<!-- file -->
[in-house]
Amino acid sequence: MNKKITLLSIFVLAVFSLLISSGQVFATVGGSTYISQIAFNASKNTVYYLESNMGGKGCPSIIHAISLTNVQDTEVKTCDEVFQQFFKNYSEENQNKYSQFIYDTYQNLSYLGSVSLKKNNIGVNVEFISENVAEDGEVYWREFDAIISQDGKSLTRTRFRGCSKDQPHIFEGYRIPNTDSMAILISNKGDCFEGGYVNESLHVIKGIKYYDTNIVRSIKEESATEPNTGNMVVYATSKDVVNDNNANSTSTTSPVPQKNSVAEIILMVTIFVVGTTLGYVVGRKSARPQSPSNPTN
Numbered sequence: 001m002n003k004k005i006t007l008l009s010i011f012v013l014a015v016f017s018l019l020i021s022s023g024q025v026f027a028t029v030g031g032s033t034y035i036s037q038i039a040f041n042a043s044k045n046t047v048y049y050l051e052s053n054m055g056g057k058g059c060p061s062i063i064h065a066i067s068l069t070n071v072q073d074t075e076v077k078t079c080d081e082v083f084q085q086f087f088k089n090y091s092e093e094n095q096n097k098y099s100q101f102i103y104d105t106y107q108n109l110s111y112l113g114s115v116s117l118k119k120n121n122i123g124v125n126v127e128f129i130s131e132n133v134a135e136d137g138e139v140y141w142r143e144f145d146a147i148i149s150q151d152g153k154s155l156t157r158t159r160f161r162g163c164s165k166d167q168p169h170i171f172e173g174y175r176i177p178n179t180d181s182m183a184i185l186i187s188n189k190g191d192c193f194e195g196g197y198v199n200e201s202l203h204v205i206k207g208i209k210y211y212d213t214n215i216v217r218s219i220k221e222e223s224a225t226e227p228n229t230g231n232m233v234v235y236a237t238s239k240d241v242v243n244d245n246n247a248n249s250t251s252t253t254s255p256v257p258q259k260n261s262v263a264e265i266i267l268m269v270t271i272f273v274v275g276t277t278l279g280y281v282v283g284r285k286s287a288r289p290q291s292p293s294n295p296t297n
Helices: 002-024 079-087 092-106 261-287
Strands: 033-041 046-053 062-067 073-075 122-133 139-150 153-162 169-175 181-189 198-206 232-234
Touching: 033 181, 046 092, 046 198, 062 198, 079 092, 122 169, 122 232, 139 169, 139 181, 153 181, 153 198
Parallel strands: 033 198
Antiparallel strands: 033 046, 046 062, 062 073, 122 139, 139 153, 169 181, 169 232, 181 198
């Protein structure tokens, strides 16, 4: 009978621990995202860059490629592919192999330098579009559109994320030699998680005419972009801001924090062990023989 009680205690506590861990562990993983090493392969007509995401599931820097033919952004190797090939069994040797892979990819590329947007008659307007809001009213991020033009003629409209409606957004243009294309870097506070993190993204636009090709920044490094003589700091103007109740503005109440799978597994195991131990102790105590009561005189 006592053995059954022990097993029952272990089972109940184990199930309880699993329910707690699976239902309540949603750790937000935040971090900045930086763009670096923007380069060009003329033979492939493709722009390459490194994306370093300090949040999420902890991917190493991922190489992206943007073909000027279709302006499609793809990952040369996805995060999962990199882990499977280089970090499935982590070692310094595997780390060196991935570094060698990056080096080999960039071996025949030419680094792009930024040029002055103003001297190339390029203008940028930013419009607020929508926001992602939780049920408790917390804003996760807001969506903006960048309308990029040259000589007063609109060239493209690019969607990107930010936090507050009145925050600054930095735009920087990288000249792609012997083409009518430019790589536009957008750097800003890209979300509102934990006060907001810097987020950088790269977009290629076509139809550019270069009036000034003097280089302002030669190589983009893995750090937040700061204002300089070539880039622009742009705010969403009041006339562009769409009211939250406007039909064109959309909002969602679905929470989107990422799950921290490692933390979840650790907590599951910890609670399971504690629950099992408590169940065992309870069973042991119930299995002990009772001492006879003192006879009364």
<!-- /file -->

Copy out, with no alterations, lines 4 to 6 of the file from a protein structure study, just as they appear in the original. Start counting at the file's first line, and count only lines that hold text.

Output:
Helices: 002-024 079-087 092-106 261-287
Strands: 033-041 046-053 062-067 073-075 122-133 139-150 153-162 169-175 181-189 198-206 232-234
Touching: 033 181, 046 092, 046 198, 062 198, 079 092, 122 169, 122 232, 139 169, 139 181, 153 181, 153 198